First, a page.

In June 1961, Anthony Stanley (Tony) was involved in a horrific car accident, causing him T6 spinal cord damage. As a result Tony was left paralysed from his upper chest down. Due to Tony’s determination and positive outlook he had been able to be a productive member of the workforce and enjoy fun times with friends and family, including many driving holidays in Europe.
Tony has always been a very independent man who enjoys the finer things in life, loving driving in his specialist van, eating out in the best restaurants, drinking fine wine and visiting friends. However due to his lack mobility, he was experiencing problems with his pressure areas breaking down. Tony made the decision that he needed extra care to prevent this further, and he eventually made the decision to move into Alderwood in June 2017.
On admission to the home, Tony had a small Grade 2 pressure ulcer to his perineum. Historically this area had been problematic, with it healing and breaking down many times. Tony was on his own strict pressure relieving regime which the home team respected and upheld, still this area would remain open. Tony would get up each day for only three hours maximum and then would need to return to bed to relieve his vulnerable areas. Eventually, Tony returned to hospital where he saw his spinal consultant. He was advised to spend 6-8 weeks on total bed rest to encourage the wound to heal.
Tony spent the whole of the summer in bed attempting to heal. The Tissue Viability Nurse did not sound optimistic that this area would completely heal. Tony found this a very difficult time and became very low in mood, due to the social isolation.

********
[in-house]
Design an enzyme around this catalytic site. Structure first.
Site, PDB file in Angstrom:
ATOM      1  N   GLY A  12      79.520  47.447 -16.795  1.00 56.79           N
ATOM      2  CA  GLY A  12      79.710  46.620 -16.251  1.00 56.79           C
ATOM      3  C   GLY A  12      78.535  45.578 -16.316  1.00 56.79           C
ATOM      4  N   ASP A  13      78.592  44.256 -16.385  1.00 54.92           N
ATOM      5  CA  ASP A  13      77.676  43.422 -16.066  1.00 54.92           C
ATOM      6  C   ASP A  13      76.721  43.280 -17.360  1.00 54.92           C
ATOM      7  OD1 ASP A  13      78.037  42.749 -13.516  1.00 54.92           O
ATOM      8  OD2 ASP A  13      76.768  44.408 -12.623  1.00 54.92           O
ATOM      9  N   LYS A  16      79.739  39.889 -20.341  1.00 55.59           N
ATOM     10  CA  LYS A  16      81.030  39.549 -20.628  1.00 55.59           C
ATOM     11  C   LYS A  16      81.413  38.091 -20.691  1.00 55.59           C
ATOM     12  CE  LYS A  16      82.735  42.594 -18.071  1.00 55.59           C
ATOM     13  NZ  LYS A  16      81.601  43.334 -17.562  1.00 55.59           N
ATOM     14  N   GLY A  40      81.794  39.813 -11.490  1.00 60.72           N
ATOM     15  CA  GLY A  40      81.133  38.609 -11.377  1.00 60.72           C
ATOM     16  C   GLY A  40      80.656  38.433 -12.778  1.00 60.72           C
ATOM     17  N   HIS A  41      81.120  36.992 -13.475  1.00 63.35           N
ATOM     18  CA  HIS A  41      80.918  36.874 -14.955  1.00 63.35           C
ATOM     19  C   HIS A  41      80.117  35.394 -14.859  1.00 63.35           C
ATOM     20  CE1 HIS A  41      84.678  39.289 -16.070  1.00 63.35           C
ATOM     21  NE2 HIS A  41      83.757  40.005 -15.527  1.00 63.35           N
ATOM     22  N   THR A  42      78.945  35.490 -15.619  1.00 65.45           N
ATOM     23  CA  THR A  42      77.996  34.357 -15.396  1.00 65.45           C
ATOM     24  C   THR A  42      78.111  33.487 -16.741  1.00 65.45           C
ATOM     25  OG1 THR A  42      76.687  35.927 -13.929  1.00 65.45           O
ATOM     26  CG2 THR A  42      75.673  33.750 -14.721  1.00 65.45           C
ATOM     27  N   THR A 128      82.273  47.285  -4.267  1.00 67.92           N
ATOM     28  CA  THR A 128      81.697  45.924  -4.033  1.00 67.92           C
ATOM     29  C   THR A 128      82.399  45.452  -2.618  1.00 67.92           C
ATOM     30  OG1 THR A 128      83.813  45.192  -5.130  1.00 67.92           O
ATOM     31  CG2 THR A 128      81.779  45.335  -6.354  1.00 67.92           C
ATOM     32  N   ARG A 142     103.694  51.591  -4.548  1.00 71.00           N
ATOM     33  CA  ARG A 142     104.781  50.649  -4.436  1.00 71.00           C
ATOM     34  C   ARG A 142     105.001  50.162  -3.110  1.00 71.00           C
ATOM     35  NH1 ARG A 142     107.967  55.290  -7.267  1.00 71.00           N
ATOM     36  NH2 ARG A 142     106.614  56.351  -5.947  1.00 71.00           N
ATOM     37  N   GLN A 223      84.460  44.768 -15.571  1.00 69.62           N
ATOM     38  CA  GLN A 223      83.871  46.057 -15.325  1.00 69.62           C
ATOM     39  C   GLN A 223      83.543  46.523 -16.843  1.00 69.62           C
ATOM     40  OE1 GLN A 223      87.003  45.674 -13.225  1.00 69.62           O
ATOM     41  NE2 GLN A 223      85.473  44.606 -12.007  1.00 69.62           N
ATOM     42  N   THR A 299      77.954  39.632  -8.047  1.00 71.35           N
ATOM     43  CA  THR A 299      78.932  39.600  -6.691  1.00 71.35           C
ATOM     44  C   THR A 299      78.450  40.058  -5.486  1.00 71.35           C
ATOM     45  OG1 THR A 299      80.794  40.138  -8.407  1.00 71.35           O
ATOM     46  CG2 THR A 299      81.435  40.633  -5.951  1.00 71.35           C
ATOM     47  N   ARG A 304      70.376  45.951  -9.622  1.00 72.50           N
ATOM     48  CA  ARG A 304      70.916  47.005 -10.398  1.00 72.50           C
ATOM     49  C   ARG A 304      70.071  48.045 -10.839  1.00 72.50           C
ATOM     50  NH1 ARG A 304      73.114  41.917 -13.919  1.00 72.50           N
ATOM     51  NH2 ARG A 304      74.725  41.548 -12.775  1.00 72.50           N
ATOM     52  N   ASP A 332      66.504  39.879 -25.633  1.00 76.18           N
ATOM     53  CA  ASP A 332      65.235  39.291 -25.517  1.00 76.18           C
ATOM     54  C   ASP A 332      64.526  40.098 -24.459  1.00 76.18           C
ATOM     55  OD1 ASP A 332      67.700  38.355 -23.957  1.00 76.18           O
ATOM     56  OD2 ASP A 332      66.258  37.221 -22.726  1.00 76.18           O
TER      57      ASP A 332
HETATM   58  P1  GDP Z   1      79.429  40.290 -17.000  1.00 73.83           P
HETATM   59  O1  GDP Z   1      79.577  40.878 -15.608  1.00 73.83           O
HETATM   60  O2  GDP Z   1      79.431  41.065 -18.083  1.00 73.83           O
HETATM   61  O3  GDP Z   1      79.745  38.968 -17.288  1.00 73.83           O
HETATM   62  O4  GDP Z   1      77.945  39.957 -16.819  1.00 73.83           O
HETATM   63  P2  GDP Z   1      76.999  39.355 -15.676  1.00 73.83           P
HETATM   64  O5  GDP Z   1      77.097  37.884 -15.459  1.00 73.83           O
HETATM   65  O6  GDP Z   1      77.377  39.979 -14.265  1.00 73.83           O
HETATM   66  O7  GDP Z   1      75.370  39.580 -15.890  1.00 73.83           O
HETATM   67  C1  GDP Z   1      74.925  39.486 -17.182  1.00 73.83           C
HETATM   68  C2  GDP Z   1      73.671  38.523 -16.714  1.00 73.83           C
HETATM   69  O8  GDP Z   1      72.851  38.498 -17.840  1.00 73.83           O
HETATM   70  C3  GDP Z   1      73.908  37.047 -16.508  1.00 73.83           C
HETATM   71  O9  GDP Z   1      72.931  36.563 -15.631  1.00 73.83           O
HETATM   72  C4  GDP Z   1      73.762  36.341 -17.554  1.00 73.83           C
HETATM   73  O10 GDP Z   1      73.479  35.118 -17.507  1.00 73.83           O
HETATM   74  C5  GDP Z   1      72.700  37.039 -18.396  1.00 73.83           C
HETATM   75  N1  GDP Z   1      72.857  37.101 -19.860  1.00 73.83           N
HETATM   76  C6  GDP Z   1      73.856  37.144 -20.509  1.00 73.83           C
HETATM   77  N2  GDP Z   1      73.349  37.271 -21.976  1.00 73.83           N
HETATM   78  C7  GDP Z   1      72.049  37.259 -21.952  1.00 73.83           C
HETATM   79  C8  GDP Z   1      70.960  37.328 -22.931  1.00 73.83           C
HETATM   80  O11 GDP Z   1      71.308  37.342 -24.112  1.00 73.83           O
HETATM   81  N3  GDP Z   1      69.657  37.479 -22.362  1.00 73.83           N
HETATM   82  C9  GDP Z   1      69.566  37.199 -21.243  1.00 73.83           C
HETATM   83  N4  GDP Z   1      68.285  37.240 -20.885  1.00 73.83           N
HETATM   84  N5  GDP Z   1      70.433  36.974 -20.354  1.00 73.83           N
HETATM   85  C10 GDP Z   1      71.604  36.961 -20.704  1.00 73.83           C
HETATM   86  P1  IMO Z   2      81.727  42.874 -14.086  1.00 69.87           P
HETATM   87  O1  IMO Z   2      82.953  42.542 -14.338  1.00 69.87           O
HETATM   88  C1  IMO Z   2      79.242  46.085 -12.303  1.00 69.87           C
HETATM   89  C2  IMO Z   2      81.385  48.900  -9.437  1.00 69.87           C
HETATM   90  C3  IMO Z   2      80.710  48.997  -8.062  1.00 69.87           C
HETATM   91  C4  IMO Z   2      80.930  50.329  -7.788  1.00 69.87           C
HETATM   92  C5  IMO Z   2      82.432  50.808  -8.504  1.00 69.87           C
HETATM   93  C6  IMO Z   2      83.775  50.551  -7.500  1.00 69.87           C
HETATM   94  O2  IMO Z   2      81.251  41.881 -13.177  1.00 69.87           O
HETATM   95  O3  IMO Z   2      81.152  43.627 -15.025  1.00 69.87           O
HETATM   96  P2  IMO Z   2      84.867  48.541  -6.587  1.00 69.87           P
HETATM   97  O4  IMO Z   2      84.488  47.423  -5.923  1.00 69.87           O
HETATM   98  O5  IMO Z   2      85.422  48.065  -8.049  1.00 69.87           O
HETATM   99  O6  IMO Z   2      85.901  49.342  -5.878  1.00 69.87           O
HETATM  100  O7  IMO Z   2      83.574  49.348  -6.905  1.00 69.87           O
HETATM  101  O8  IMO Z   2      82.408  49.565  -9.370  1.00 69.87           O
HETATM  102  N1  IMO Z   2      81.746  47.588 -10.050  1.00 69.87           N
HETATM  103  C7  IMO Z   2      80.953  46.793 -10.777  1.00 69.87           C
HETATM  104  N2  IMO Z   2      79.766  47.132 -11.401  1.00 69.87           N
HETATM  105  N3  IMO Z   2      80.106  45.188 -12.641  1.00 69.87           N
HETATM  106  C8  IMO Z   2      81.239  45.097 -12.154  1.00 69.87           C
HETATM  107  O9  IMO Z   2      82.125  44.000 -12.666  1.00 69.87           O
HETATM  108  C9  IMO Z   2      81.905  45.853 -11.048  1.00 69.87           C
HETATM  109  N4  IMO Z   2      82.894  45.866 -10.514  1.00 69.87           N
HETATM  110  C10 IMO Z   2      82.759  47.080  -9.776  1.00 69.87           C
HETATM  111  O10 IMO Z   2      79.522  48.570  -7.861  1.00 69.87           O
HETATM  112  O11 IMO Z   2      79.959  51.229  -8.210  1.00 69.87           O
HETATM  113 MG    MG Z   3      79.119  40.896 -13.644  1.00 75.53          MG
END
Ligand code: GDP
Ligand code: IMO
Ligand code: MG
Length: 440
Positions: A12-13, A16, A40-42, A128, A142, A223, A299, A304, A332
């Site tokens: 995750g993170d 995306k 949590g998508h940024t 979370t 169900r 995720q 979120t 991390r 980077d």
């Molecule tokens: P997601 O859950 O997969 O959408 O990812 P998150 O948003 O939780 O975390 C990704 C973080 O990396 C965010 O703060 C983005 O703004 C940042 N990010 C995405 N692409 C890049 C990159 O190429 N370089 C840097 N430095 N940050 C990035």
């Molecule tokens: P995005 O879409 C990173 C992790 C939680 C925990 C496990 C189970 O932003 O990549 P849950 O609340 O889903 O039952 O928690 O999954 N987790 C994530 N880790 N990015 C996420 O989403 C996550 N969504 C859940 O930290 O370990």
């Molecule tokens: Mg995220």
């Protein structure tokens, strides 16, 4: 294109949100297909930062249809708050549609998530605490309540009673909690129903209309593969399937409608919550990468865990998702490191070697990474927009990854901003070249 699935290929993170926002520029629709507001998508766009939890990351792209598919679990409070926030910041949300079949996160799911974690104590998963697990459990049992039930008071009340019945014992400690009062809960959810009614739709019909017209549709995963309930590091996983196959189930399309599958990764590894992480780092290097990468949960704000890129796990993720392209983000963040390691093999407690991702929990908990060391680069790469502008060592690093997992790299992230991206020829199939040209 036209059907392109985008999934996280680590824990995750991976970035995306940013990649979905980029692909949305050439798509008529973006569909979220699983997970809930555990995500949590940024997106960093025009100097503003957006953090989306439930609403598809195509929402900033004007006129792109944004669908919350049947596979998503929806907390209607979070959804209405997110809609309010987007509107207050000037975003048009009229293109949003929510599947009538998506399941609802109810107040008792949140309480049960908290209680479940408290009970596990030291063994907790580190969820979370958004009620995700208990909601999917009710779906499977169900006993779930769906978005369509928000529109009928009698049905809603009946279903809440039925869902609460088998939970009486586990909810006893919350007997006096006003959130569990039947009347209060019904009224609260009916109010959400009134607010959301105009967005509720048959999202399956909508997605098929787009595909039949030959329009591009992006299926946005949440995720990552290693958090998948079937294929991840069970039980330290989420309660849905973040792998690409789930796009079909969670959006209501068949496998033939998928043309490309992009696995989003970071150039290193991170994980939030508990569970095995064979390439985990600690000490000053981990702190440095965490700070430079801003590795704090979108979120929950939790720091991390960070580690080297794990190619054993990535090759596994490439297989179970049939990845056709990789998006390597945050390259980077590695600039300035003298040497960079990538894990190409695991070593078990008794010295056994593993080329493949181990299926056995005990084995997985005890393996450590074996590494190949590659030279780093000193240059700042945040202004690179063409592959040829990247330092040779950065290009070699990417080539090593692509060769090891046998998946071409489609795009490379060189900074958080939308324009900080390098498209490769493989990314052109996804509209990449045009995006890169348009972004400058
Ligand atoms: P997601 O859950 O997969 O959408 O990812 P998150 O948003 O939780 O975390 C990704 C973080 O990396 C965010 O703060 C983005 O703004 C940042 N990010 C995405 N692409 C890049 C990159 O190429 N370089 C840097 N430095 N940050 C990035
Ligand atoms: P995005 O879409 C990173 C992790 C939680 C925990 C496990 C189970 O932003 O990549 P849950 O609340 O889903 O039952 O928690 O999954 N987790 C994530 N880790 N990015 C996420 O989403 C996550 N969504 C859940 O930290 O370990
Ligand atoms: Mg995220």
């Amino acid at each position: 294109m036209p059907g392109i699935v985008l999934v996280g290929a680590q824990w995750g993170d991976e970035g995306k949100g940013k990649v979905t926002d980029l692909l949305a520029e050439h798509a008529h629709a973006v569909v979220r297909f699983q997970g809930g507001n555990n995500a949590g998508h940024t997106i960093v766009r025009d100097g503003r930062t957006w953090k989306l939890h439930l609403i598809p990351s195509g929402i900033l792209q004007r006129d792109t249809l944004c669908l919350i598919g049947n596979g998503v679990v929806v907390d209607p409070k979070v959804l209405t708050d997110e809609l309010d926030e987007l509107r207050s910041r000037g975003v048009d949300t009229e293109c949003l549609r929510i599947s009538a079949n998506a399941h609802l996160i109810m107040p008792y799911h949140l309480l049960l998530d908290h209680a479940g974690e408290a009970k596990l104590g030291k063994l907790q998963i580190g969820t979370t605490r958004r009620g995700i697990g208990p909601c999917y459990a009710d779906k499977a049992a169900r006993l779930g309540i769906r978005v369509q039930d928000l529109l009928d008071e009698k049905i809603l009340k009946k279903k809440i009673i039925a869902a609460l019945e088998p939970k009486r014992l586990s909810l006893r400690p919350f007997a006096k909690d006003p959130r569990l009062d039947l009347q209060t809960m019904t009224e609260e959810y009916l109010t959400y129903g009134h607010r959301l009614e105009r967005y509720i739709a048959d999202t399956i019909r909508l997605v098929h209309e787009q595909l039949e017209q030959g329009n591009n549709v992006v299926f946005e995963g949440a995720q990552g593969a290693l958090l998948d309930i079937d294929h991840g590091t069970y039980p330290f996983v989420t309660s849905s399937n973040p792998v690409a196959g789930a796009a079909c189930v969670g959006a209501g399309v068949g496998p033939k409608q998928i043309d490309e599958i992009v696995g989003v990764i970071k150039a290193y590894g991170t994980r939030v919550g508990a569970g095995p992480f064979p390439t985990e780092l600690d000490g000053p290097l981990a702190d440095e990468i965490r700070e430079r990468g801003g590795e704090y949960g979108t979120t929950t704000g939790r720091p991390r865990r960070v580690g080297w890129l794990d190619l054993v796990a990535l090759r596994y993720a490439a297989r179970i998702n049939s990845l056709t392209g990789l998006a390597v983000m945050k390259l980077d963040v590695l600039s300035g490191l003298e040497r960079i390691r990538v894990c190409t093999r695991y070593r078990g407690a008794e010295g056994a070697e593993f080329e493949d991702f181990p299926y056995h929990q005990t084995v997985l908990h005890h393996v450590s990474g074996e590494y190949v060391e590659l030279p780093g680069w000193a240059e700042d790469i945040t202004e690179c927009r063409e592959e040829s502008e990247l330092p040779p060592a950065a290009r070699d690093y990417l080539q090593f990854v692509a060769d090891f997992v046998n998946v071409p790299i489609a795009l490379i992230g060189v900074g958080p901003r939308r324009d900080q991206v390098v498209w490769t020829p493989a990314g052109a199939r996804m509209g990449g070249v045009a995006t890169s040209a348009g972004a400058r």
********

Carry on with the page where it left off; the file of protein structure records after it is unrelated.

Whilst his wound eventually healed and he was able to get up in his chair again, any length of time up in his wheelchair caused another breakdown. His independence was greatly suffering and his family and friends were upset by his low mood and demeanour.
Tony had a pressure relieving cushion on his motorised wheelchair, which he had been assessed for by his Specialist Occupational Therapist. It was put to Tony by Nikki, the Home Manager and Sophie Brown, Clinical Manager that an airflow cushion could be used on his wheelchair, which in theory should work as well as his airflow mattress, allowing him more time up in his chair, which in turn would combat his low mood and outlook on life, so the cushion was ordered.
Tony had his new cushion in place just before Christmas. He was now able to get up in his chair at 10:30am and be up all day, returning to bed at 7.30pm. Tony was able to enjoy Christmas with his family and his all his pressure areas remained intact. Since the special cushion has been in place Tony has been able to be up and independent in his wheelchair, getting back on the road in his van, having meals in his favourite restaurants with his family and living his life again. For Tony’s birthday five of the team from Alderwood took him out to one of his favourite restaurants, where everyone enjoyed food, wine and company. Tony’s mood has lifted and he is back to his cheeky and naughty self, which we all love.
Tony’s sister, Christine says, “I cannot speak highly enough of Alderwood Care Home. The team works tirelessly to fulfil every need and the atmosphere is positive and upbeat. My brother arrived eight months ago in poor health and depressed. He is now restored to his old self with all his medical needs met and his spirits restored”.